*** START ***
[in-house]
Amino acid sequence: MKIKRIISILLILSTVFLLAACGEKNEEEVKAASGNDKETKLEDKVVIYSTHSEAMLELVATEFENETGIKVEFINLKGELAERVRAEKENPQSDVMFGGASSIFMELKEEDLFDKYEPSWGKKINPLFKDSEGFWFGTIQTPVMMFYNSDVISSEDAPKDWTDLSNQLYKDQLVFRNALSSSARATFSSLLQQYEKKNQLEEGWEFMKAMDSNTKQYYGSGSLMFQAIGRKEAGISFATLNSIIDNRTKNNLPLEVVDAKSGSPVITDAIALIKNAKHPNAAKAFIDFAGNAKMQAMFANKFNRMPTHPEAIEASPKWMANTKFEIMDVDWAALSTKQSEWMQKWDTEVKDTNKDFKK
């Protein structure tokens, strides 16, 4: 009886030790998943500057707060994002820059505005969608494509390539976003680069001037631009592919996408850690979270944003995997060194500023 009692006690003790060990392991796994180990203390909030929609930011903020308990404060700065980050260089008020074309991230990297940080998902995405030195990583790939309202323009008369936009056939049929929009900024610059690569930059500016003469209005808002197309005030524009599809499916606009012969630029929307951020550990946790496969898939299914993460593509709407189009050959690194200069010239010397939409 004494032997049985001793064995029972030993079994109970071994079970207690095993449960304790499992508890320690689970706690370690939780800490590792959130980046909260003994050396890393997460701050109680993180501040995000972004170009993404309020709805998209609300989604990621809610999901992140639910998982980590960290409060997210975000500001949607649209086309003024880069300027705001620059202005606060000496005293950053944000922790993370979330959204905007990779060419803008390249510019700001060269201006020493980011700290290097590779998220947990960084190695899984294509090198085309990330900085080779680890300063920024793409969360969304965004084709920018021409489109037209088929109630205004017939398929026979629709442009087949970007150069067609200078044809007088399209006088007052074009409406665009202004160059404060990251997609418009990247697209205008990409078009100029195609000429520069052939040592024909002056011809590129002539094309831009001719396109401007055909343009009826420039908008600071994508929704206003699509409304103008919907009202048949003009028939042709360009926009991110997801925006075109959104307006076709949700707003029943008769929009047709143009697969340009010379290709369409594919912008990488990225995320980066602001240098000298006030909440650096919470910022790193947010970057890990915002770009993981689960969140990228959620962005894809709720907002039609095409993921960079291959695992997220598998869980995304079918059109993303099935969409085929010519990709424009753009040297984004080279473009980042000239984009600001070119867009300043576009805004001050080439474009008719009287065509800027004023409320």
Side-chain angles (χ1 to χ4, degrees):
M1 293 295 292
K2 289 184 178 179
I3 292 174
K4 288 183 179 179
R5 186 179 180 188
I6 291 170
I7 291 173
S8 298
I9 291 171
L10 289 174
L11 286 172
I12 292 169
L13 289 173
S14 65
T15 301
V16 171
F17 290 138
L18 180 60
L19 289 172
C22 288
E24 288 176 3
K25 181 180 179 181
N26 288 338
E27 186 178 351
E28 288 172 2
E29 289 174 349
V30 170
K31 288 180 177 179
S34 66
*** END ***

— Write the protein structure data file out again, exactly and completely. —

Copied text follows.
[in-house]
Amino acid sequence: MKIKRIISILLILSTVFLLAACGEKNEEEVKAASGNDKETKLEDKVVIYSTHSEAMLELVATEFENETGIKVEFINLKGELAERVRAEKENPQSDVMFGGASSIFMELKEEDLFDKYEPSWGKKINPLFKDSEGFWFGTIQTPVMMFYNSDVISSEDAPKDWTDLSNQLYKDQLVFRNALSSSARATFSSLLQQYEKKNQLEEGWEFMKAMDSNTKQYYGSGSLMFQAIGRKEAGISFATLNSIIDNRTKNNLPLEVVDAKSGSPVITDAIALIKNAKHPNAAKAFIDFAGNAKMQAMFANKFNRMPTHPEAIEASPKWMANTKFEIMDVDWAALSTKQSEWMQKWDTEVKDTNKDFKK
């Protein structure tokens, strides 16, 4: 009886030790998943500057707060994002820059505005969608494509390539976003680069001037631009592919996408850690979270944003995997060194500023 009692006690003790060990392991796994180990203390909030929609930011903020308990404060700065980050260089008020074309991230990297940080998902995405030195990583790939309202323009008369936009056939049929929009900024610059690569930059500016003469209005808002197309005030524009599809499916606009012969630029929307951020550990946790496969898939299914993460593509709407189009050959690194200069010239010397939409 004494032997049985001793064995029972030993079994109970071994079970207690095993449960304790499992508890320690689970706690370690939780800490590792959130980046909260003994050396890393997460701050109680993180501040995000972004170009993404309020709805998209609300989604990621809610999901992140639910998982980590960290409060997210975000500001949607649209086309003024880069300027705001620059202005606060000496005293950053944000922790993370979330959204905007990779060419803008390249510019700001060269201006020493980011700290290097590779998220947990960084190695899984294509090198085309990330900085080779680890300063920024793409969360969304965004084709920018021409489109037209088929109630205004017939398929026979629709442009087949970007150069067609200078044809007088399209006088007052074009409406665009202004160059404060990251997609418009990247697209205008990409078009100029195609000429520069052939040592024909002056011809590129002539094309831009001719396109401007055909343009009826420039908008600071994508929704206003699509409304103008919907009202048949003009028939042709360009926009991110997801925006075109959104307006076709949700707003029943008769929009047709143009697969340009010379290709369409594919912008990488990225995320980066602001240098000298006030909440650096919470910022790193947010970057890990915002770009993981689960969140990228959620962005894809709720907002039609095409993921960079291959695992997220598998869980995304079918059109993303099935969409085929010519990709424009753009040297984004080279473009980042000239984009600001070119867009300043576009805004001050080439474009008719009287065509800027004023409320």
Side-chain angles (χ1 to χ4, degrees):
M1 293 295 292
K2 289 184 178 179
I3 292 174
K4 288 183 179 179
R5 186 179 180 188
I6 291 170
I7 291 173
S8 298
I9 291 171
L10 289 174
L11 286 172
I12 292 169
L13 289 173
S14 65
T15 301
V16 171
F17 290 138
L18 180 60
L19 289 172
C22 288
E24 288 176 3
K25 181 180 179 181
N26 288 338
E27 186 178 351
E28 288 172 2
E29 289 174 349
V30 170
K31 288 180 177 179
S34 66